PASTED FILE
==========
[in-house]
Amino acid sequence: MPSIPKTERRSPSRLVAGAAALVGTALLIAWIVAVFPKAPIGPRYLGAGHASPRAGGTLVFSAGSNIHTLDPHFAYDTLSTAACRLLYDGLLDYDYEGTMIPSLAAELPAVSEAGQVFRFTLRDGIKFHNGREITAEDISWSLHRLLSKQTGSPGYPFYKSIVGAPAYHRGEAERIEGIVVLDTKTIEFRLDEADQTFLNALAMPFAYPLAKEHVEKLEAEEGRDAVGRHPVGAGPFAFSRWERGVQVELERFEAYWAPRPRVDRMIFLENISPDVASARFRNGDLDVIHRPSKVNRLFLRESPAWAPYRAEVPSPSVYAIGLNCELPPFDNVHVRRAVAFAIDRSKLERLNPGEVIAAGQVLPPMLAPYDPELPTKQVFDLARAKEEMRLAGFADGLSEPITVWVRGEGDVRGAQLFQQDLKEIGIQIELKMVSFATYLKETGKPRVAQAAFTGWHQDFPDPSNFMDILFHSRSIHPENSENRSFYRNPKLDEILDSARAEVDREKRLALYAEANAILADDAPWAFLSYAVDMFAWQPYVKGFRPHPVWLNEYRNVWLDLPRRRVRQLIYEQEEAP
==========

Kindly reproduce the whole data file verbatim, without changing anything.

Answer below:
[in-house]
Amino acid sequence: MPSIPKTERRSPSRLVAGAAALVGTALLIAWIVAVFPKAPIGPRYLGAGHASPRAGGTLVFSAGSNIHTLDPHFAYDTLSTAACRLLYDGLLDYDYEGTMIPSLAAELPAVSEAGQVFRFTLRDGIKFHNGREITAEDISWSLHRLLSKQTGSPGYPFYKSIVGAPAYHRGEAERIEGIVVLDTKTIEFRLDEADQTFLNALAMPFAYPLAKEHVEKLEAEEGRDAVGRHPVGAGPFAFSRWERGVQVELERFEAYWAPRPRVDRMIFLENISPDVASARFRNGDLDVIHRPSKVNRLFLRESPAWAPYRAEVPSPSVYAIGLNCELPPFDNVHVRRAVAFAIDRSKLERLNPGEVIAAGQVLPPMLAPYDPELPTKQVFDLARAKEEMRLAGFADGLSEPITVWVRGEGDVRGAQLFQQDLKEIGIQIELKMVSFATYLKETGKPRVAQAAFTGWHQDFPDPSNFMDILFHSRSIHPENSENRSFYRNPKLDEILDSARAEVDREKRLALYAEANAILADDAPWAFLSYAVDMFAWQPYVKGFRPHPVWLNEYRNVWLDLPRRRVRQLIYEQEEAP